Intensity – Rule of Fitness #10
Is your workout routine stuck in a rut?
Insanity has been defined as doing the same thing repeatedly with the expectation of different results. In the workout world, intensity is the answer to the insanity. It’s far too common to see gym goers doing the exact same exercises, with the exact same weights, for the exact same number of repetitions. They then step on the scale or look in the mirror, and get frustrated. They will tell you how they workout every day and how they watch what they eat, but just don’t see any changes. So what’s the answer? If working out and eating right aren’t enough, how do you reach your goals? Intensity. You must ensure that you are working hard enough.
Intensity is the key…
To make a meaningful physiological change, you have to be working out at the right level of intensity. In basic terms, you have to make sure that you are working hard enough. What that level is depends on what your goals are. Is the goal to be stronger? Bigger? Smaller? Have more endurance? The answer to meeting those goals is to bring your exercise intensity and your nutrition intensity to the right levels. This helps you beat the dreaded plateau, and push your training and your fitness goals to the next level.
The principle of progression states that if an exercise program is to produce the desired outcome, the intensity should gradually become more challenging to apply an effective overload. Overload…is that a term you’ve heard in the fitness world before? If it’s not, you should be adding it to your vocabulary right away! Overload, or progressive overload, is the idea that to create physiological changes (bigger, smaller, stronger, etc), an exercise stimulus must be applied at an intensity greater than the body is accustomed to receiving. What does that mean? That you have to work harder over time to achieve results! You have to add stimulus.
Here’s an example. You’ve been doing Smith machine squats with 10 pounds on each side, 3 sets of 10 repetitions each, for months on end. Your body has adapted to that. It has already made any changes that it was going to make from that stimulus. If you want to keep developing your leg muscles, it’s time to add weight to the machine. Even better, step away from it entirely and work on those free weight squats instead. And the key here is…you have to keep making it harder. You can’t stop when it gets tough and expect your body to keep changing.
How do you choose the right intensity?
But how do you choose the right intensity for your workout? Well, we can help you with that if you’re interested, it’s part of what we do when we create custom workouts, like Impact. There’s also well established research on the subject. This chart breaks down the research of recommended training volumes to achieve specific goals. This chart breaks down exercise into repetitions and intensity, which have an inverse relationship; as intensity increases, the number of repetitions that an individual is able to perform decreases.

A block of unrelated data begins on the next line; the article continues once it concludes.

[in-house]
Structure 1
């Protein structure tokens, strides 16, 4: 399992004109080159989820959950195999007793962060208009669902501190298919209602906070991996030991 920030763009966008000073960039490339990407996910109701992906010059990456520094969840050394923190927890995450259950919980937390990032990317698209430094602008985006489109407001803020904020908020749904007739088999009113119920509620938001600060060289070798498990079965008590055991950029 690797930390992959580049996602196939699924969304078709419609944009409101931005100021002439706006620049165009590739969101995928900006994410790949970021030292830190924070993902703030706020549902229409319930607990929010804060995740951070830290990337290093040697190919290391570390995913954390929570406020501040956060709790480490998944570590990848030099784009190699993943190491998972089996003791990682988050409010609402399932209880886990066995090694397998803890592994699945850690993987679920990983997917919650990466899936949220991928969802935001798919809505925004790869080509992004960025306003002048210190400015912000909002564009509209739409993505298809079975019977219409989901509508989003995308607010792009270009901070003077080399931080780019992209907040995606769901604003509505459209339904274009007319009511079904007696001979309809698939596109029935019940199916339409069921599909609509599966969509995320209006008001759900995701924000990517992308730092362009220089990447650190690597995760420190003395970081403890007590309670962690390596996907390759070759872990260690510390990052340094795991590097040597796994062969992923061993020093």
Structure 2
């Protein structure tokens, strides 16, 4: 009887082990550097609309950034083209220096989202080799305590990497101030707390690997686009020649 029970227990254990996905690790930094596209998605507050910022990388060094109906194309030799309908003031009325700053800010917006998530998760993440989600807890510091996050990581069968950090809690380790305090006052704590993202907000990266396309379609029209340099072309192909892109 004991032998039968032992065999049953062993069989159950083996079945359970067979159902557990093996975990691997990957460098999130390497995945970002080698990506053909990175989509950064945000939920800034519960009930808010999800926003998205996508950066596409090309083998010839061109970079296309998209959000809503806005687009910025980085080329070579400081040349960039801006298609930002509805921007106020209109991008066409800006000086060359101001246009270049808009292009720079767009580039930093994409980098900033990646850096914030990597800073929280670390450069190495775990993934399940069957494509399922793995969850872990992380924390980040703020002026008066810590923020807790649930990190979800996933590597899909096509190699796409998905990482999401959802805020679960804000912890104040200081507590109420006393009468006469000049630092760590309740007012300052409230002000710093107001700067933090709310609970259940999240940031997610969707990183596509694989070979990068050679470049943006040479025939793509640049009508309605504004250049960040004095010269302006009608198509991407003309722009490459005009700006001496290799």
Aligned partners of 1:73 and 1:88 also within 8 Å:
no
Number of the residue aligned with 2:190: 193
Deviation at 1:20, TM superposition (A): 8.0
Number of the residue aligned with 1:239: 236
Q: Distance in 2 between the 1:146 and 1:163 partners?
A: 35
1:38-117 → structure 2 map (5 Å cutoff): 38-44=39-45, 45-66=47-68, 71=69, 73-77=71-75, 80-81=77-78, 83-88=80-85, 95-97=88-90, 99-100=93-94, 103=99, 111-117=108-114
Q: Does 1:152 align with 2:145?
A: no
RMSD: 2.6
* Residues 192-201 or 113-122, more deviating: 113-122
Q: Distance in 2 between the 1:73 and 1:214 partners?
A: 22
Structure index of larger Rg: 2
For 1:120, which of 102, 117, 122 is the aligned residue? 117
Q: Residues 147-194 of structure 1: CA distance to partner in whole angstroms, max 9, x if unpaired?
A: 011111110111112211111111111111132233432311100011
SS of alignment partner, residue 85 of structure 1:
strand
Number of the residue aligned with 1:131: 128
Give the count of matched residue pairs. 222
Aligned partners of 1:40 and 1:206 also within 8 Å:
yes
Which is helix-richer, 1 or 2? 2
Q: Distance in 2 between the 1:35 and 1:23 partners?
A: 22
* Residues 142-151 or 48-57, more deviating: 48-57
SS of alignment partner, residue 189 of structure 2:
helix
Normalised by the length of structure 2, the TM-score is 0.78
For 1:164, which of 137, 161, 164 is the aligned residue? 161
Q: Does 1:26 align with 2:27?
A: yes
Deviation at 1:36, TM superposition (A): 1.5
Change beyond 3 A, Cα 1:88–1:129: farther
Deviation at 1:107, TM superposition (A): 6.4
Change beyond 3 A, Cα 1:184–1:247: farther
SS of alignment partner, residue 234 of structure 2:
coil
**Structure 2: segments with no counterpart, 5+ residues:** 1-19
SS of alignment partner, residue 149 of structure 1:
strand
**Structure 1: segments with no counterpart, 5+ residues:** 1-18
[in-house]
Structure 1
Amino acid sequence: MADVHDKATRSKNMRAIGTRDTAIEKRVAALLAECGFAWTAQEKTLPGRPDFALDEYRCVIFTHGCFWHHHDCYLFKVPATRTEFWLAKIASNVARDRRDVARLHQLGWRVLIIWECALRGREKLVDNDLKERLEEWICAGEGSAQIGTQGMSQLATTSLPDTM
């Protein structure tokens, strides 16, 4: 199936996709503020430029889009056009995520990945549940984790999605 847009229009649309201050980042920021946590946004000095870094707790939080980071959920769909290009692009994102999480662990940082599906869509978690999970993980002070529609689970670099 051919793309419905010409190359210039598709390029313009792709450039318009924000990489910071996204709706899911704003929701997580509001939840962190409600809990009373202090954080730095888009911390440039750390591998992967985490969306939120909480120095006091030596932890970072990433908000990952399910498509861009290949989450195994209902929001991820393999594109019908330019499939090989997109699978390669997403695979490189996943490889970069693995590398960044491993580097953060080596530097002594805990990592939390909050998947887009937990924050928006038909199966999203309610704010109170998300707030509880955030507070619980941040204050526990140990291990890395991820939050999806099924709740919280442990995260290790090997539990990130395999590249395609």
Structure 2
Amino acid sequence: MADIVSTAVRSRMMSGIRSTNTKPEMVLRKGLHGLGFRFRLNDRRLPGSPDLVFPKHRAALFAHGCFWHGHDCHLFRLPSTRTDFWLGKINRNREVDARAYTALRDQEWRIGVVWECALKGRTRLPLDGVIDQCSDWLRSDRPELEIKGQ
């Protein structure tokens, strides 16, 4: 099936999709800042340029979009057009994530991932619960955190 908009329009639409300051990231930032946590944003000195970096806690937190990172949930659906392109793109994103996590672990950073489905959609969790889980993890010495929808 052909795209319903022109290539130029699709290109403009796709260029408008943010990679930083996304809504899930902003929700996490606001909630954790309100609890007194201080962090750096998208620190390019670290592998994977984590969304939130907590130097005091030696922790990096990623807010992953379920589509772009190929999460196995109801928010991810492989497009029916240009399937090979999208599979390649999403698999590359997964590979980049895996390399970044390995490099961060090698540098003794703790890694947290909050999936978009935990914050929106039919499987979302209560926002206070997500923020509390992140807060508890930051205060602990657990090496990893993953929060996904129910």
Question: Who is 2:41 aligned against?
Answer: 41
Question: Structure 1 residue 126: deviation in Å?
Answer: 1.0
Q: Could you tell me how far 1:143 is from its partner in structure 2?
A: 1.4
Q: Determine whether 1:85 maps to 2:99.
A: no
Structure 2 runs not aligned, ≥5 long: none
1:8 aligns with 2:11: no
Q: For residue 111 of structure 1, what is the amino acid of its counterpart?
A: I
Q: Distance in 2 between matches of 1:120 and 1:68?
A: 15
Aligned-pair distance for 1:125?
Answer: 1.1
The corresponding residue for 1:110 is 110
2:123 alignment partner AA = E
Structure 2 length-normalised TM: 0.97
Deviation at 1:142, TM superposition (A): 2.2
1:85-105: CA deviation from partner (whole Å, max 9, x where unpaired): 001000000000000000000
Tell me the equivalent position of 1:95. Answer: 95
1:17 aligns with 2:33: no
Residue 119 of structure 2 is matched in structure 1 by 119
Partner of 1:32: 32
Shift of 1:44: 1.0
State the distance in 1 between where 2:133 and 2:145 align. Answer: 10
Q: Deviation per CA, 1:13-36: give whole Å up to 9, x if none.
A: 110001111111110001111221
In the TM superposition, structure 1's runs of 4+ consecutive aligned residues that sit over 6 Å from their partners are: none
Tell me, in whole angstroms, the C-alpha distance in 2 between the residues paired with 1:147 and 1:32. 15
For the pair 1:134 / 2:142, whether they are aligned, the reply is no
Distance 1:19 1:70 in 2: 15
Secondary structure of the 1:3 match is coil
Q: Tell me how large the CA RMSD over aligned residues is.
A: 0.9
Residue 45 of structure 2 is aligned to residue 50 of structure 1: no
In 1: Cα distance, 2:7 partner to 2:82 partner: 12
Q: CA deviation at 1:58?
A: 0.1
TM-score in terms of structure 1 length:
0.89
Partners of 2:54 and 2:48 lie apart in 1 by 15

- Strength endurance is the ability to produce and sustain muscle force over an extended period of time – marathon runners, triathletes, cyclists, we’re talking to you here
- Hypertrophy is the technical term for an increase in muscle size (and definition) – bodybuilders and those looking to improve their physique, these are your training goals
- Maximum strength is the ability to generate a maximal amount of muscle force for a particular exercise – we’re really talking to powerlifters and strongman competitors here
- Power is the ability to generate a significant magnitude of force in the shortest amount of time possible – Olympic weightlifters, track and field athletes, certain CrossFitters, power is going to be your go-to
So, now that we know there are specific repetition and intensity ranges that you should be working within to achieve your specific goals, which means you have a starting point. But that’s all it is, a starting point. As your body adapts and grows, you have to push the envelope and keep overloading by increasing repetitions, intensity, or both. This is where having a trainer or a coach can be a huge help, because we can push you to work harder than you might on your own. Overload doesn’t need to be significant, but it does need to be consistent and effective to create results!
Amp up your intensity, and reach your goals!